A saint in the kitchen: the legend of a culinary genius recounted by her most devoted disciple.
“Every day I get something from what my love made of me, and if I can live my life on good terms with myself it’s only because my exclusive, absolute, imperishable love transformed the boy I was, conventionally eager to succeed, ordinary, pragmatic, into a young man capable of marveling and sacrificing.” To present the story of a renowned restaurateur known only as the Cheffe, NDiaye (Ladivine, 2016, etc.) has created a uniquely unreliable (and unnamed) narrator, the chef’s former apprentice and No. 1 fan, now living in boozy retirement on the Spanish Mediterranean. In his hands, the life of the Cheffe is a hagiographic fairy tale, complete with an ugly witch—the Cheffe’s daughter, whom the narrator is still furiously fighting for favor even long after his mentor’s death. “I have my own opinion, you’ve met her, you’ve seen that unpleasant, sterile woman, arrogant and vain and now trying to peddle specious anecdotes about the Cheffe to the whole wide world.” The preferred version of the story—the narrator’s version—begins once upon a time in the village of Sainte-Bazeille, where a sweet little girl was born to destitute farm laborers. They put her to work in the fields, then sent her away as a teenager to work for some wealthy weirdos in a neighboring town. Obsessed with food, the Clapeaus install the girl in their kitchen, where she discovers her vocation: “Now, moved and joyous, she realized her body was made up of many little animals who’d learned to work flawlessly all on their own, and who, that afternoon, happy, modest, at once obediently and quietly enterprising, showed her all their savoir faire, working as a tight-knit team that in a sense excluded the Cheffe for her own good.” My, my. The mice and bluebirds that sewed Cinderella’s ball gown take a backseat to these industrious creatures. What specious anecdotes could that awful daughter possibly come up with to match these?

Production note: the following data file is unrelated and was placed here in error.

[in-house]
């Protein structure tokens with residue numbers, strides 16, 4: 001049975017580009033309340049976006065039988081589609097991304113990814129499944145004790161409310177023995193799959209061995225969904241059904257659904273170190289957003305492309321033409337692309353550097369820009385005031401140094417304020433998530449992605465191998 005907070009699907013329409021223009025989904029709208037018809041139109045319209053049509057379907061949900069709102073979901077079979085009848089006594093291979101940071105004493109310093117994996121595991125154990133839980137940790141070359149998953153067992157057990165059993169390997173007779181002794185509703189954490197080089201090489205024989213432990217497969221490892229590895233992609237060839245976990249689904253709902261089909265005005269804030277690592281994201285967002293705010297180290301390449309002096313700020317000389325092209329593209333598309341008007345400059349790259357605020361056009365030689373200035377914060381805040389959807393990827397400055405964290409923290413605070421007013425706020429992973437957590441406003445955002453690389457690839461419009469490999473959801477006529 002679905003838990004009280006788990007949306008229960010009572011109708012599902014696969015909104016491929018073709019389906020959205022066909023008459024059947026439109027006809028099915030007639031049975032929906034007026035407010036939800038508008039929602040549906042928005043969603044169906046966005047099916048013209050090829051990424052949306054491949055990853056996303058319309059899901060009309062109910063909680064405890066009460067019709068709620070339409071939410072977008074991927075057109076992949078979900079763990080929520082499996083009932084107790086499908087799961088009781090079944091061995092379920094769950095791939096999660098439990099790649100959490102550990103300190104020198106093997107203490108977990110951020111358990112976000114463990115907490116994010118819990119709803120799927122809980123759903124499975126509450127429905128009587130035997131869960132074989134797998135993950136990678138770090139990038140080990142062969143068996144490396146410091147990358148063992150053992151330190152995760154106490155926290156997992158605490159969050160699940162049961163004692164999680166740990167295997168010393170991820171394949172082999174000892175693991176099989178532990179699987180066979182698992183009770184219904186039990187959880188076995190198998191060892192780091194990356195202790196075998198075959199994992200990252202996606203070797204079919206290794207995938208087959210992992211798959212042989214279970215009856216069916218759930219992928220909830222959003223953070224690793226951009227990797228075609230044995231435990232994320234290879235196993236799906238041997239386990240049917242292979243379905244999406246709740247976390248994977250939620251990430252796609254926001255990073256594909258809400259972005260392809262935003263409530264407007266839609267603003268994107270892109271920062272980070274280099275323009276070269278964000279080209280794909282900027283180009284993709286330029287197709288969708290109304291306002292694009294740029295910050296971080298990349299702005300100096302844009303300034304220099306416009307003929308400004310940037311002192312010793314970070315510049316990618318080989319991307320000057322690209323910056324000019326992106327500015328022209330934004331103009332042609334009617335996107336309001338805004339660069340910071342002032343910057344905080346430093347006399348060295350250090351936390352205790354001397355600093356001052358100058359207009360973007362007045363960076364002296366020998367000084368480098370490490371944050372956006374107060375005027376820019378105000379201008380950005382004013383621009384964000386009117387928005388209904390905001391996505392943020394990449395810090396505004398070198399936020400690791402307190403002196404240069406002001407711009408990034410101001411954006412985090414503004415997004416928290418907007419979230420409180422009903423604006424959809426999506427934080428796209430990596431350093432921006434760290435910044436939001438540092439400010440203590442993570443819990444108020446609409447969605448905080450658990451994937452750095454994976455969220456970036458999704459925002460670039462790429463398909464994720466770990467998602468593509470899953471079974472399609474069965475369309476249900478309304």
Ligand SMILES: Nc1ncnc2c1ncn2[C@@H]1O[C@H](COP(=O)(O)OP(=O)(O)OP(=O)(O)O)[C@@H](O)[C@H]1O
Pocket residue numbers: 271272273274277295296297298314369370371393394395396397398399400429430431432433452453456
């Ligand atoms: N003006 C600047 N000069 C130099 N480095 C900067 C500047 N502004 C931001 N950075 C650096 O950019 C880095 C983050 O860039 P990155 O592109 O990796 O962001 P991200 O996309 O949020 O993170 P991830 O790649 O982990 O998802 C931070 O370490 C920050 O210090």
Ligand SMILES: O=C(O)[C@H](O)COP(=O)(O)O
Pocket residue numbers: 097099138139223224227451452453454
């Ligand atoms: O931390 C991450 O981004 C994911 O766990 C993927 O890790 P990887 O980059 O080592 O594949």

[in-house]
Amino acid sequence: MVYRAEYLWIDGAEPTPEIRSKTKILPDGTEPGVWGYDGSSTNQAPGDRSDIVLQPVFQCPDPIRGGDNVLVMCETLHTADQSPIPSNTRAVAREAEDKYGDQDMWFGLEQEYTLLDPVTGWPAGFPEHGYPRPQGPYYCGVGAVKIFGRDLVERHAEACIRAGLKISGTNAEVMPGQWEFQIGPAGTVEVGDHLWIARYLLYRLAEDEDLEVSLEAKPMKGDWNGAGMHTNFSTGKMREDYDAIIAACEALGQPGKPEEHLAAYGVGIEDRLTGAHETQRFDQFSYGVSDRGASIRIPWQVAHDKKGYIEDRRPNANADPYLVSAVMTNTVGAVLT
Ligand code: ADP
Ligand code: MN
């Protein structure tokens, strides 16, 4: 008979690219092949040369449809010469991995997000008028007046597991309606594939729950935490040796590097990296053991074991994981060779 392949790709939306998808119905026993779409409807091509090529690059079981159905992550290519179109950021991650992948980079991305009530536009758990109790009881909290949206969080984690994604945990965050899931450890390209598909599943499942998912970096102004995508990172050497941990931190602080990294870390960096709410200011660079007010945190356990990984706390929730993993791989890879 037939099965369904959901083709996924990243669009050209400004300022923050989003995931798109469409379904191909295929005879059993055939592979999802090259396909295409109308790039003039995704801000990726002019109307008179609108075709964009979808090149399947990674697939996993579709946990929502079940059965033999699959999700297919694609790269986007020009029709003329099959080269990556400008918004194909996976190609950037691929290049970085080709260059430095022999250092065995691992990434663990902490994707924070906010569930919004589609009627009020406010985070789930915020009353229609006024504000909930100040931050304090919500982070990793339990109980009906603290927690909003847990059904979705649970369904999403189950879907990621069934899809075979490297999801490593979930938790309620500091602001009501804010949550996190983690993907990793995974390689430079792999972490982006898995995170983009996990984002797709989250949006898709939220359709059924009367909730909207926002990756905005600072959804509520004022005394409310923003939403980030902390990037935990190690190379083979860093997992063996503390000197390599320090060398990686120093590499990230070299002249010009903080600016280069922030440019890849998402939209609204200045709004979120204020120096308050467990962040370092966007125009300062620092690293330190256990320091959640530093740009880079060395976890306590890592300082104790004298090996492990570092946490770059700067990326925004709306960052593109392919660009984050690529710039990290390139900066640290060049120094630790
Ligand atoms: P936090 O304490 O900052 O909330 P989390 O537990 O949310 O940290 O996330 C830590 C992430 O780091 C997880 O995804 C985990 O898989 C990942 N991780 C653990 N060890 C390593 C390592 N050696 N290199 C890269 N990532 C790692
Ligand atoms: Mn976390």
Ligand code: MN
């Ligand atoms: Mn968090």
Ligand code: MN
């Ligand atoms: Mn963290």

So eccentric, long-winded, and overblown, it's almost endearing.